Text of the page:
Outcomes from Poland and UN climate Conference COP24: more action needed

December 18, 2018 at 10:49 am Leave a comment

Australian Environment Minister walks off the stage after delivering Australia’s ambition poor statement.

It has been a hectic two weeks for negotiators at the United Nations Climate Change conference, meeting in the heart of Poland’s coal province of Silesia. The conference was due to close on Friday 14 December, but intense negotiations continued overnight and were only finalised on Saturday evening.

The Paris rulebook was (mostly) landed to continue the momentum from Paris in 2015, and this was a vital measurement of the conference success, but some elements were just too contentious to achieve consensus and have been pushed forward to COP25 meeting in Santiago, Chile in 2019.

Climate Action Moreland Convenor John Englart has been following the negotiations, discussions, and protests online and posting blog articles over the last two weeks. He also tracked Australia’s Environment Minister Melissa Price and her public presence on social media and deciphered her High level speech for Australia.

Australia won one Fossil of the Day award for refusing to rule out using Kyoto credits to meet Paris targets, and shared in another award from the conference. While Climate policies are on the rise globally, global ambition level by many countries is still lacking, with Australia rated highly insufficient and delaying global progress.

Progress is always slow at UN conferences and time is not on our side. The Prime Minister of Fiji and President of COP23 summed up the next steps needed following COP24:

“The next steps are clear. In 2019, dialogue must give way to action. The Talanoa Dialogue must give way to the Talanoa Call for Action, which acknowledges the importance of limiting warming to 1.5 degrees, of halving global emissions by 2030 and of achieving net-zero-emission, climate-resilient economies.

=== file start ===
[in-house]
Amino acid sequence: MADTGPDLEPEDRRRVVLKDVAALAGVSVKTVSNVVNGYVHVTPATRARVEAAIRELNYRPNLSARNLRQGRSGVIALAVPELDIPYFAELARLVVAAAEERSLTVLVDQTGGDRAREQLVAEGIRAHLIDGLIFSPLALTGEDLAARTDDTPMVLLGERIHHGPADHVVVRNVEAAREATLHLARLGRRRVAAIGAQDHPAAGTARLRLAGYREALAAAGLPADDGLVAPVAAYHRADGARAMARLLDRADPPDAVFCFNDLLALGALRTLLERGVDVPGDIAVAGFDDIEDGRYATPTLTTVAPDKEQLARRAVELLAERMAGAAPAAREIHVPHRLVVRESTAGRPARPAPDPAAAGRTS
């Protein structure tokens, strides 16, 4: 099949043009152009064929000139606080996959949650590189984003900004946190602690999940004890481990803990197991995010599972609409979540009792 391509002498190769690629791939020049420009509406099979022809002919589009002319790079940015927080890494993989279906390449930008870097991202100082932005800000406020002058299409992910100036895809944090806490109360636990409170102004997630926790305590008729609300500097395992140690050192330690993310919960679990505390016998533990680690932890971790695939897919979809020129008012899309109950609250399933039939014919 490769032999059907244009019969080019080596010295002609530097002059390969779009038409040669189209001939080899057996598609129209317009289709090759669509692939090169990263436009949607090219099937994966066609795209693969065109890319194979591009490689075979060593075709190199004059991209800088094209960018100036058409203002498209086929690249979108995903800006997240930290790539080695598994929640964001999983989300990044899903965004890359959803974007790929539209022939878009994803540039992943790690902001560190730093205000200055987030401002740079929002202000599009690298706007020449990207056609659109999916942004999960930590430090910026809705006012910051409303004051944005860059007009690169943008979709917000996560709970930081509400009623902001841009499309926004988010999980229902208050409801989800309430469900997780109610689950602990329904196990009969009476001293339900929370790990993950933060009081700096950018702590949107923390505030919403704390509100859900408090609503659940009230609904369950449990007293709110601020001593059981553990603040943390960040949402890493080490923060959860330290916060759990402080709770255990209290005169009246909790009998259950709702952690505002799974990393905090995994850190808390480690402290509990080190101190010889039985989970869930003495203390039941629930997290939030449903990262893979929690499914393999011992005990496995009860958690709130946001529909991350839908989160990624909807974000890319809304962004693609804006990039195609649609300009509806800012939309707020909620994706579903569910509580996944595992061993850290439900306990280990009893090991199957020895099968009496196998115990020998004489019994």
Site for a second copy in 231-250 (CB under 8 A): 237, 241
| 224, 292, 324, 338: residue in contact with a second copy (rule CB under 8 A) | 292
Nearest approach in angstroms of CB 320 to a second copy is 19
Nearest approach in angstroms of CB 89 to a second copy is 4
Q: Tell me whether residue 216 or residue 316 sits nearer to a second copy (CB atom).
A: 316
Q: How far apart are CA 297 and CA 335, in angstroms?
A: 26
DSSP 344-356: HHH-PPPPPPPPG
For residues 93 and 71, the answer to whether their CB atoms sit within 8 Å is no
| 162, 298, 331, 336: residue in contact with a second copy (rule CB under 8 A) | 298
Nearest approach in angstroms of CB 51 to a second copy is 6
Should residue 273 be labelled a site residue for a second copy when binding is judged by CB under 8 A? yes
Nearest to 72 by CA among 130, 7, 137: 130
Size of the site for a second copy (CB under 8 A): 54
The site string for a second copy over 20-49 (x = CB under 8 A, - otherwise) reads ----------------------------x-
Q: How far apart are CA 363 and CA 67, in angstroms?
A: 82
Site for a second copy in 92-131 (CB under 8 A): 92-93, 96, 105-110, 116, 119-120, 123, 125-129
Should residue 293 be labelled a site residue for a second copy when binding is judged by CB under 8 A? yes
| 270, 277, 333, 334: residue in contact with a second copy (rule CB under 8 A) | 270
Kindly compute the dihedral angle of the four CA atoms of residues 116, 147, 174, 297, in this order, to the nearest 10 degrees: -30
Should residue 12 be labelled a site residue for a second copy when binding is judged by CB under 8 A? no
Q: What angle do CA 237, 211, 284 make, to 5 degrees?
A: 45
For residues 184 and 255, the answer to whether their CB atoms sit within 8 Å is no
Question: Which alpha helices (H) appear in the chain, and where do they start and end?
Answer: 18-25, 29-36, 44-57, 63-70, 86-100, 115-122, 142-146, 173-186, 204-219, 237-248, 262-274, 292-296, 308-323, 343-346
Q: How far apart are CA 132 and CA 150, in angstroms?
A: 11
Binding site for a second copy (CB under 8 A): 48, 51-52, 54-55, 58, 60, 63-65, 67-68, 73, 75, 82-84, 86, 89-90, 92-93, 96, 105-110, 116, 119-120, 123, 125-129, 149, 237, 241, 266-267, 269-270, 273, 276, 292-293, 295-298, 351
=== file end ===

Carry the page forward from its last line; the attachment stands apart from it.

All governments must now return home and launch or ramp up domestic review processes to prepare new or enhanced NDCs, and develop long-term emissions strategies. To achieve this, they must work closely with all members of the Grand Coalition, including sub-national governments, the private sector and civil society. We expect all countries to come to the UN Secretary-General’s summit in September 2019 prepared to show concrete progress and stronger NDCs. As a global community, we cannot accept anything less.”

Read John’s blog posts from the last fortnight. Awesome work:

Entry filed under: news, Policy, UNFCCC. Tags: .

ALP acknowledges climate emergency at National Conference Brunswick Uniting Church sends a coal-free christmas message to Bill Shorten to #stopAdani

Leave a Reply

Fill in your details below or click an icon to log in:

WordPress.com Logo

You are commenting using your WordPress.com account. Log Out /  Change )

Google photo

You are commenting using your Google account. Log Out /  Change )

Twitter picture

You are commenting using your Twitter account. Log Out /  Change )

Facebook photo

You are commenting using your Facebook account. Log Out /  Change )

Connecting to %s

Trackback this post  |  Subscribe to the comments via RSS Feed


Share

What Lies Beneath

Read David Spratt’s What Lies beneath:
Spratt-What Lies beneath-cover

Elephant in the Sky

New report on Aviation emissions and Australia, The Elephant in the Sky:
Carter-The-Elephant-in-the-Sky-cover

Climate Reality Check

Read David Spratt's Climate Reality Check:
20160316-Spratt-After-Paris-counting-the-cost-cover

Climate Emergency petition

Santiago, Chile COP25

UNFCCC climate conferenceDecember 2nd, 2019
8 months to go.

Follow Climate Action Moreland on Twitter

This is the current C02 in our atmosphere. We need to get it below 350 for a safe climate.

Current CO2 concentration in the atmosphere

Archives

Visitors to this site


%d bloggers like this: